The price of gold is on track for its largest annual fall in 30 years after declining 27% in the last 12 months. The drop has resulted in a bludgeoning in the share price of Australia?s listed gold miners.
Newcrest Mining (ASX: NCM), which was worth $24 per share at the start of this year is now able to be picked up for just $7.20 — down 70%. Silver Lake Resources (ASX: SLR) has lost almost 90% of its value to sit at $0.39.
Investors have been truly hung out to dry. But is there more pain to come, or will prices bounce back and ?revert to mean??
Unfortunately current signs suggest that gold prices will remain at or below current levels going into 2014. According to analysts, the price of gold will be kept subdued as the US economy strengthens and the US Federal Reserve cuts back quantitative easing, cutting demand for the metal considered a safe haven when times are bad.
The recent appreciation in the US dollar, as well as strengthening oil prices are considered two signals that the US economy is beginning to sprout again, while minutes from the Federal Reserve October meeting indicate as the economy rights itself a tapering of the US$85 billion bond buying program will commence.
Analyst forecasts agree. Goldman Sachs Group expects gold to trade at $1,110 in 12 months? time according to Bloomberg, while UBS expects gold to average at $1,200 per ounce in 2014, down from a previous forecast of $1,325 noting that there are ?limited positive catalysts? supporting the gold price.
So the overall picture for gold prices going into 2014 is not pretty. Suppressed by a strengthening US economy and the tapering off of quantitative easing the traditional drivers of gold prices look to be missing heading into the New Year.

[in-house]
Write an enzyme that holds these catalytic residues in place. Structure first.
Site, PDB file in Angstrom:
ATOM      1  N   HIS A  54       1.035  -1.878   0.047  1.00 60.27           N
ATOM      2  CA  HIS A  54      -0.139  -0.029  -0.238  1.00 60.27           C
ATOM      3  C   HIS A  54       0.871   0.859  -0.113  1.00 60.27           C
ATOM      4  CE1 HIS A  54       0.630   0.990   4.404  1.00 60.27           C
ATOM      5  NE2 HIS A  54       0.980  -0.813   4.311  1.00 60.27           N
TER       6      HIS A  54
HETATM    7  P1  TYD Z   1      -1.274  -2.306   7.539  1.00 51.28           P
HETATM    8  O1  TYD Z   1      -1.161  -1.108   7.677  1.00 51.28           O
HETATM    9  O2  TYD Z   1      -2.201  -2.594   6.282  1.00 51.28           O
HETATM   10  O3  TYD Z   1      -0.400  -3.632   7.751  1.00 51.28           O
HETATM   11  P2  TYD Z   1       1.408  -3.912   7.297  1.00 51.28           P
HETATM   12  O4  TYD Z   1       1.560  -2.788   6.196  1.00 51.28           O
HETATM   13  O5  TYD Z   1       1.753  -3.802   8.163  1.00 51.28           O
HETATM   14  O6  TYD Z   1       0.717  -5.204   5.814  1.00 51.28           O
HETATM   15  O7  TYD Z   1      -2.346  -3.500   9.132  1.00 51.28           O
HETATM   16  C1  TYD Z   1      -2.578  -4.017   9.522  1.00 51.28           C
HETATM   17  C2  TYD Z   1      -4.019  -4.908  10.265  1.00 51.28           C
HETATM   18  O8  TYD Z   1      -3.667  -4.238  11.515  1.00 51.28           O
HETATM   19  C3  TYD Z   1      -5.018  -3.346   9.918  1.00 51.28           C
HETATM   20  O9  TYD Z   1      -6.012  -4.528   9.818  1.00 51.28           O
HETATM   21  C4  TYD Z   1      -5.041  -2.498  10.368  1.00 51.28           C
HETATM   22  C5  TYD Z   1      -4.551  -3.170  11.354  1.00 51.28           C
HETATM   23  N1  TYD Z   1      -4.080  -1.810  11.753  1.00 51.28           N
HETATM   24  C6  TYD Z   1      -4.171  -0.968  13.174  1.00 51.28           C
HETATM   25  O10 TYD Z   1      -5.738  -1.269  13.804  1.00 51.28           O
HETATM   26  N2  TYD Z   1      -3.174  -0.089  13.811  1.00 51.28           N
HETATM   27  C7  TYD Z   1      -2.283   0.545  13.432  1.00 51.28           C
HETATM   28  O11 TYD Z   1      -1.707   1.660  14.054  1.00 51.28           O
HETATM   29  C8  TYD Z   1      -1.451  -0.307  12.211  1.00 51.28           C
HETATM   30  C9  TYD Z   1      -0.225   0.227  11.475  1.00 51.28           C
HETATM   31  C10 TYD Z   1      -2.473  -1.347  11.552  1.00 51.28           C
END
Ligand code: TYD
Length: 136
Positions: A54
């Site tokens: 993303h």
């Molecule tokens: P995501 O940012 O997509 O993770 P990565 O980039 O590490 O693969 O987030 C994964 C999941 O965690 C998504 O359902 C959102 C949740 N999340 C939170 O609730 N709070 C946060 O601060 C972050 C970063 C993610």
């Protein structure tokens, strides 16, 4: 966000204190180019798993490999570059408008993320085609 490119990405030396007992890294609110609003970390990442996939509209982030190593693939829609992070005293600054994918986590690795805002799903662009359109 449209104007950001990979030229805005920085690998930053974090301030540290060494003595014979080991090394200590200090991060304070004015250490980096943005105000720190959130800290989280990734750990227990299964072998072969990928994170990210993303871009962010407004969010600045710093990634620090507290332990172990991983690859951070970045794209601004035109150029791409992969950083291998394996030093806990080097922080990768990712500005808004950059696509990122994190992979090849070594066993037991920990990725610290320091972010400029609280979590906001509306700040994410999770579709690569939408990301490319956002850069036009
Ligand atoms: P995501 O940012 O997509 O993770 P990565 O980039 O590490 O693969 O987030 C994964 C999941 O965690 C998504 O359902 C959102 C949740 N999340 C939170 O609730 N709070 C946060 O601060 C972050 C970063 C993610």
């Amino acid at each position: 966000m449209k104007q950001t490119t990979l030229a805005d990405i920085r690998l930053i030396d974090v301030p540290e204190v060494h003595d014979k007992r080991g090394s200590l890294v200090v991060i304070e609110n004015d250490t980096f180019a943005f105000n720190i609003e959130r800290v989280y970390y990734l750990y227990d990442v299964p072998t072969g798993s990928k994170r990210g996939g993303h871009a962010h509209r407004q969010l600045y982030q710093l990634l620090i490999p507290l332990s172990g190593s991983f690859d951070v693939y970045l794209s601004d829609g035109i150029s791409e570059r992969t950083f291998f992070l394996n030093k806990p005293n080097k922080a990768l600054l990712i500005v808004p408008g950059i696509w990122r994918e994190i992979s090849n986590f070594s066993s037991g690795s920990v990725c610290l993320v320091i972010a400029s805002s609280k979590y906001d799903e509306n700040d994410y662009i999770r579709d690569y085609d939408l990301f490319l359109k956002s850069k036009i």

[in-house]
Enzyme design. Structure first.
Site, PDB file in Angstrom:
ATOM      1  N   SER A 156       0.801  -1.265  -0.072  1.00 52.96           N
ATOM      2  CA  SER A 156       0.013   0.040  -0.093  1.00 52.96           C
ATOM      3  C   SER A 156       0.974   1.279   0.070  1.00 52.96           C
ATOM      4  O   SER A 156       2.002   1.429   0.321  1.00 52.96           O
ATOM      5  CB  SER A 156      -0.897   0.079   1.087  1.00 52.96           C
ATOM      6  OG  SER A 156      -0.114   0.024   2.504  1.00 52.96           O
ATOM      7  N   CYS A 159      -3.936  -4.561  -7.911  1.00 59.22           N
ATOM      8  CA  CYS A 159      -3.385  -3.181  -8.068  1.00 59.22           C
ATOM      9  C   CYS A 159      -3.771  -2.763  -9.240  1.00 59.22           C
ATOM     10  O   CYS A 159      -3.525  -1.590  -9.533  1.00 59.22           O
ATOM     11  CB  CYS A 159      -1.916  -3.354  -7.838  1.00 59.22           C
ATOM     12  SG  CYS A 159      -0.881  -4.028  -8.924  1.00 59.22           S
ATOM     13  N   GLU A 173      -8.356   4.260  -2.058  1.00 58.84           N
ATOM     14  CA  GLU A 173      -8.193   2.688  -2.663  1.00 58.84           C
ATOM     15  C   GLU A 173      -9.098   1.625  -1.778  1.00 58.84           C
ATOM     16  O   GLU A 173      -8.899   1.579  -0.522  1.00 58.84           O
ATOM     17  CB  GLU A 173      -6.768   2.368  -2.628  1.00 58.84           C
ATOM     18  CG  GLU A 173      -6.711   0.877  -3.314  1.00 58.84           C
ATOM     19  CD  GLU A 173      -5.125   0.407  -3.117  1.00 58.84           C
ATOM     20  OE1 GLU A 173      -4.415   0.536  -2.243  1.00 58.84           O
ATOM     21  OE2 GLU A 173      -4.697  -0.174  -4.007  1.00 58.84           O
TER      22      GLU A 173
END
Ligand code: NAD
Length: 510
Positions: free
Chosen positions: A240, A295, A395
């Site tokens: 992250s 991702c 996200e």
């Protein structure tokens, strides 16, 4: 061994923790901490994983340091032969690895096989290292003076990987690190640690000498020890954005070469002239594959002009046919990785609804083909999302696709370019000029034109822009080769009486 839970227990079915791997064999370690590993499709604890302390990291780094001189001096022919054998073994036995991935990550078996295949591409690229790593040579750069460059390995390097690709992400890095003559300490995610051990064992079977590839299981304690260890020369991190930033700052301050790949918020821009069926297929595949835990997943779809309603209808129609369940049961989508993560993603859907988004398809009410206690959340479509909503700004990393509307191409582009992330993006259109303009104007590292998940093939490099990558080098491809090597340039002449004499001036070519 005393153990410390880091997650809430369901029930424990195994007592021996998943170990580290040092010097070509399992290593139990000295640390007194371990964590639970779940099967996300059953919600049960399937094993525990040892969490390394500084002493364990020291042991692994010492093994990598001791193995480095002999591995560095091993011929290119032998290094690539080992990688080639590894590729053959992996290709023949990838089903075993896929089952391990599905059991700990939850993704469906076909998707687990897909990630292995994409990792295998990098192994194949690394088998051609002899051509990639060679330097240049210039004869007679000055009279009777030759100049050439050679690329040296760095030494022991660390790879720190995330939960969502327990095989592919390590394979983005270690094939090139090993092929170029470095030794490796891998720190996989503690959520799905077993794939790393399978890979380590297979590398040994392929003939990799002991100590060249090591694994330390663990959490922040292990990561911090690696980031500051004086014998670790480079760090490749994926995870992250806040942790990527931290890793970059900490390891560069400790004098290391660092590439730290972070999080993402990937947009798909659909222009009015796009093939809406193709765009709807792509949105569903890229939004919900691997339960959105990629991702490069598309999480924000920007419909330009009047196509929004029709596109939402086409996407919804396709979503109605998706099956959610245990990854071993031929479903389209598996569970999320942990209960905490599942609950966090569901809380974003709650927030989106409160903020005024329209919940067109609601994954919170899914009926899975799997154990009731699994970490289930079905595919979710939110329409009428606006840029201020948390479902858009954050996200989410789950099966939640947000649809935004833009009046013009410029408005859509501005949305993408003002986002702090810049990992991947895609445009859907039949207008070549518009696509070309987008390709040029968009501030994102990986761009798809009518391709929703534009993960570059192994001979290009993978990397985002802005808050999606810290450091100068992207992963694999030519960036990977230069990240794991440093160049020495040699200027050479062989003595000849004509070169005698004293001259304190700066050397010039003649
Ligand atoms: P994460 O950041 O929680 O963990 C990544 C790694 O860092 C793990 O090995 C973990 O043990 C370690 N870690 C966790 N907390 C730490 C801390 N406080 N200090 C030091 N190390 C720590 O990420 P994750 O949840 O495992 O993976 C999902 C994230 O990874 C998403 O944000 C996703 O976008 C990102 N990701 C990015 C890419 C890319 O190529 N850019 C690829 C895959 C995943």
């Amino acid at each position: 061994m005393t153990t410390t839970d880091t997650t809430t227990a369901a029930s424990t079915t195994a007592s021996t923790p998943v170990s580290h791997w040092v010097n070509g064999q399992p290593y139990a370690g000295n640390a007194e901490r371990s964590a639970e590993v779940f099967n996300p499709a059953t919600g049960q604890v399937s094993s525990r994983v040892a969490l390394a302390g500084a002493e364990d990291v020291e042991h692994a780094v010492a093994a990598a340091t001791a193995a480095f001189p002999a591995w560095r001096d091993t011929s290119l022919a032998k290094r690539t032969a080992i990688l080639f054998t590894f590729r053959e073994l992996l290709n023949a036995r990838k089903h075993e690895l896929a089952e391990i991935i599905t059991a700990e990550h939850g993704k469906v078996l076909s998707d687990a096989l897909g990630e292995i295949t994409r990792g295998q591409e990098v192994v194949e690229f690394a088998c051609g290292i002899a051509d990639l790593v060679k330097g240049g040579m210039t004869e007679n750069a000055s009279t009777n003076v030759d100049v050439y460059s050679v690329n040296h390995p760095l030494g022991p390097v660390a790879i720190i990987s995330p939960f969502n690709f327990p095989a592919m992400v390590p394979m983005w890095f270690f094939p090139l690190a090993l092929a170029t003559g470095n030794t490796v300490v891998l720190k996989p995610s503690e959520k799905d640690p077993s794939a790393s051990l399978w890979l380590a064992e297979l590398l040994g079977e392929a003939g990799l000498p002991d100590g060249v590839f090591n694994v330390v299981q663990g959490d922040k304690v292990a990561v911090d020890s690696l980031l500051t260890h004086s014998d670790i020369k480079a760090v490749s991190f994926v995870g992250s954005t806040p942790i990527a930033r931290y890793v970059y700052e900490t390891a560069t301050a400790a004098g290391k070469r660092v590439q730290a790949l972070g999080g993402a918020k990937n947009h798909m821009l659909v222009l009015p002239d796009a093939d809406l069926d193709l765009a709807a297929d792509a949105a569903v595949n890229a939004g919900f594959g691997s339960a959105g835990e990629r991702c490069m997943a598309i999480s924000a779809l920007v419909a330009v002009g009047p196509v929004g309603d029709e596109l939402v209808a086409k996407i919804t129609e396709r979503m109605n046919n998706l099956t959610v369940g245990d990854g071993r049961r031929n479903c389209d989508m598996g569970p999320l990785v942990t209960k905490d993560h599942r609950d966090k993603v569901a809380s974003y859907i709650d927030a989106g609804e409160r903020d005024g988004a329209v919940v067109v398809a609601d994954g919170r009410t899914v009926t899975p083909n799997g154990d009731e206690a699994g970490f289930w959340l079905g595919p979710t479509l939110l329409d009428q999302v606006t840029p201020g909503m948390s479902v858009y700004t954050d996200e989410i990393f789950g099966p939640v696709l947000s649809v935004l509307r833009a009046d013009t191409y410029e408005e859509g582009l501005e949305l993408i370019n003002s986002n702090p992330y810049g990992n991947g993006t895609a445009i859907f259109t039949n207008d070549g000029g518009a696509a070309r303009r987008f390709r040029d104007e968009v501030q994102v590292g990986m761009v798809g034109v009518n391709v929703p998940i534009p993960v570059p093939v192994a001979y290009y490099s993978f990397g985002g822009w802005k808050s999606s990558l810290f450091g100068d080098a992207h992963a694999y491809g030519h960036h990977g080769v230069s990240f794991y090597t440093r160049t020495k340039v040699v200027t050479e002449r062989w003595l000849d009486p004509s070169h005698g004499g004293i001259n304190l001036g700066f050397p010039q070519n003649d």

There is one beacon of hope for Australian gold producers however — a lower Australian dollar. Since gold prices are set in US dollars the appreciation of the US currency against the Aussie dollar will help to cushion the low margins felt by gold producers so far in 2013. In 2014 gold miners may need all the cushioning they can get.
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Motley Fool contributor Regan Pearson does not own shares in any of the companies mentioned.
The Motley Fool's purpose is to help the world invest, better. Click here now for your free subscription to Take Stock, The Motley Fool's free investing newsletter. Packed with stock ideas and investing advice, it is essential reading for anyone looking to build and grow their wealth in the years ahead. This article contains general investment advice only (under AFSL 400691). Authorised by Bruce Jackson.